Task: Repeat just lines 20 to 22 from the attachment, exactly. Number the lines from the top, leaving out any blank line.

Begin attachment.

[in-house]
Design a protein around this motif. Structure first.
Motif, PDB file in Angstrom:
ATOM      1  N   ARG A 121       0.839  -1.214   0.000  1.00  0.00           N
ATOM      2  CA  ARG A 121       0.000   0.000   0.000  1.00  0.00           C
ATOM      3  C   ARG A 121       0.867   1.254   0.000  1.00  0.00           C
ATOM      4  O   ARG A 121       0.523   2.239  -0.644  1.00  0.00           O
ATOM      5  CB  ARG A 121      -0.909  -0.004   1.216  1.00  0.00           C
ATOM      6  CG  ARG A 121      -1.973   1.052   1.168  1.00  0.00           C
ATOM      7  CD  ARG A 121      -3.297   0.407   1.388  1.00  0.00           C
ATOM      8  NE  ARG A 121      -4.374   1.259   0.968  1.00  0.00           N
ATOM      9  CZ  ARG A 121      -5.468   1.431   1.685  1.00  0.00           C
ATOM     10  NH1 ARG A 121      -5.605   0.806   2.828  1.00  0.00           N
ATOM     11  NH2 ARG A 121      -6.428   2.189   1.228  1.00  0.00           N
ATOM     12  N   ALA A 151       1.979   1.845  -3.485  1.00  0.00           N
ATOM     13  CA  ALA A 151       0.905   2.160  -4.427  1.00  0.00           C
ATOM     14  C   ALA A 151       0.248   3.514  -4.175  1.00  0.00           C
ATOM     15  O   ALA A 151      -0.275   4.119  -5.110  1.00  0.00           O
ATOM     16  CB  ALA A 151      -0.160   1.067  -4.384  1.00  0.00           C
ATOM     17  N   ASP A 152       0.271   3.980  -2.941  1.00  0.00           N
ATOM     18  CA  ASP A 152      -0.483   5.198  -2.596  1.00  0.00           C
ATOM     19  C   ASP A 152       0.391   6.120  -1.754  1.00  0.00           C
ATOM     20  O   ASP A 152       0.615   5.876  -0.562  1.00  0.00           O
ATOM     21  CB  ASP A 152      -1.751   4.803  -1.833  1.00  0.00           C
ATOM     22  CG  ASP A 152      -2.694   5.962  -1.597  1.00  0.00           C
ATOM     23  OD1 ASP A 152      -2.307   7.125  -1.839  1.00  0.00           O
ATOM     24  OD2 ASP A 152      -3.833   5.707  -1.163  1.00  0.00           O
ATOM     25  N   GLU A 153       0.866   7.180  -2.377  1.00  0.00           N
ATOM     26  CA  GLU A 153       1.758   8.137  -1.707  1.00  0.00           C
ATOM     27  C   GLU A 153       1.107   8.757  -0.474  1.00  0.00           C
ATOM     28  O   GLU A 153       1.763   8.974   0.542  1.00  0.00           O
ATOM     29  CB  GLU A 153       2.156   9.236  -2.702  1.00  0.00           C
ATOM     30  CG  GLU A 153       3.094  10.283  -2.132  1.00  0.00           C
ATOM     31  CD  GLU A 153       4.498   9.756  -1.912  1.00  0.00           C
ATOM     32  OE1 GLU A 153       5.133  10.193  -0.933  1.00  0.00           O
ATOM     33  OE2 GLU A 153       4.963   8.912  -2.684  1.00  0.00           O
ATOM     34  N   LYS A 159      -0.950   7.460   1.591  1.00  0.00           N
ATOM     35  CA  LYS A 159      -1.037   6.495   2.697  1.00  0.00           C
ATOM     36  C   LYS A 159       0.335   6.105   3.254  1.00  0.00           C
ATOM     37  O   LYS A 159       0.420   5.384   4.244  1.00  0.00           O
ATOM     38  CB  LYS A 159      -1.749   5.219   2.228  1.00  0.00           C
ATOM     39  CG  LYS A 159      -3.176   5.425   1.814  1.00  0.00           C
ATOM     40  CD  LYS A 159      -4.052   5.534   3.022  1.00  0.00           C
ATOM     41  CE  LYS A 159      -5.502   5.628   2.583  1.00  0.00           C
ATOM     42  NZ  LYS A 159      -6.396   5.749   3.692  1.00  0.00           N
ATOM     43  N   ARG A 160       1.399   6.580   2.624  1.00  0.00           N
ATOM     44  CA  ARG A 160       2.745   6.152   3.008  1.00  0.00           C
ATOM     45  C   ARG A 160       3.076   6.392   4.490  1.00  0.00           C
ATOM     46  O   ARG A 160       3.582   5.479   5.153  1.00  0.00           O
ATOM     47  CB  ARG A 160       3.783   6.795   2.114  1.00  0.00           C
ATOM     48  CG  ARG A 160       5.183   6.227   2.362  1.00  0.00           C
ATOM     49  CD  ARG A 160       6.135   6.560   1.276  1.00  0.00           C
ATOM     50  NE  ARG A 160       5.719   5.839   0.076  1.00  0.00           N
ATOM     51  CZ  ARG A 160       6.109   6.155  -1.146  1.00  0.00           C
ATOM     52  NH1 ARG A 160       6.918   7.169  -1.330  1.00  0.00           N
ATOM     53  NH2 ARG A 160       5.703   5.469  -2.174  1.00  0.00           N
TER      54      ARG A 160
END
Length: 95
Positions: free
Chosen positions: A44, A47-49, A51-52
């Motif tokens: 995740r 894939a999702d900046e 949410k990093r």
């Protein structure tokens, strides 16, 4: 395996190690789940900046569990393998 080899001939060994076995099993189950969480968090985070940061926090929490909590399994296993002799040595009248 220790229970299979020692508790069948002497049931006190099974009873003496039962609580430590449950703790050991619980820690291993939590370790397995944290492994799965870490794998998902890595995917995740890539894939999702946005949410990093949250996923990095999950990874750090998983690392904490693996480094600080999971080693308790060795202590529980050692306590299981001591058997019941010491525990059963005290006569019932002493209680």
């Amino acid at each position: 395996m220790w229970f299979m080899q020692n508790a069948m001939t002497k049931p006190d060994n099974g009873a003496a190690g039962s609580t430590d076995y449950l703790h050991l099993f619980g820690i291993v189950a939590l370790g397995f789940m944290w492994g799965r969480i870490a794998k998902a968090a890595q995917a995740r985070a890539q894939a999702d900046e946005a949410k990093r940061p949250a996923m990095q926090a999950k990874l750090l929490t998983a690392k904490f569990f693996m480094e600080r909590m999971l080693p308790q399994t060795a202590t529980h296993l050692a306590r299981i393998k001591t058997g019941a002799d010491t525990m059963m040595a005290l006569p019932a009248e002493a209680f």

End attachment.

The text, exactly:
ATOM     17  N   ASP A 152       0.271   3.980  -2.941  1.00  0.00           N
ATOM     18  CA  ASP A 152      -0.483   5.198  -2.596  1.00  0.00           C
ATOM     19  C   ASP A 152       0.391   6.120  -1.754  1.00  0.00           C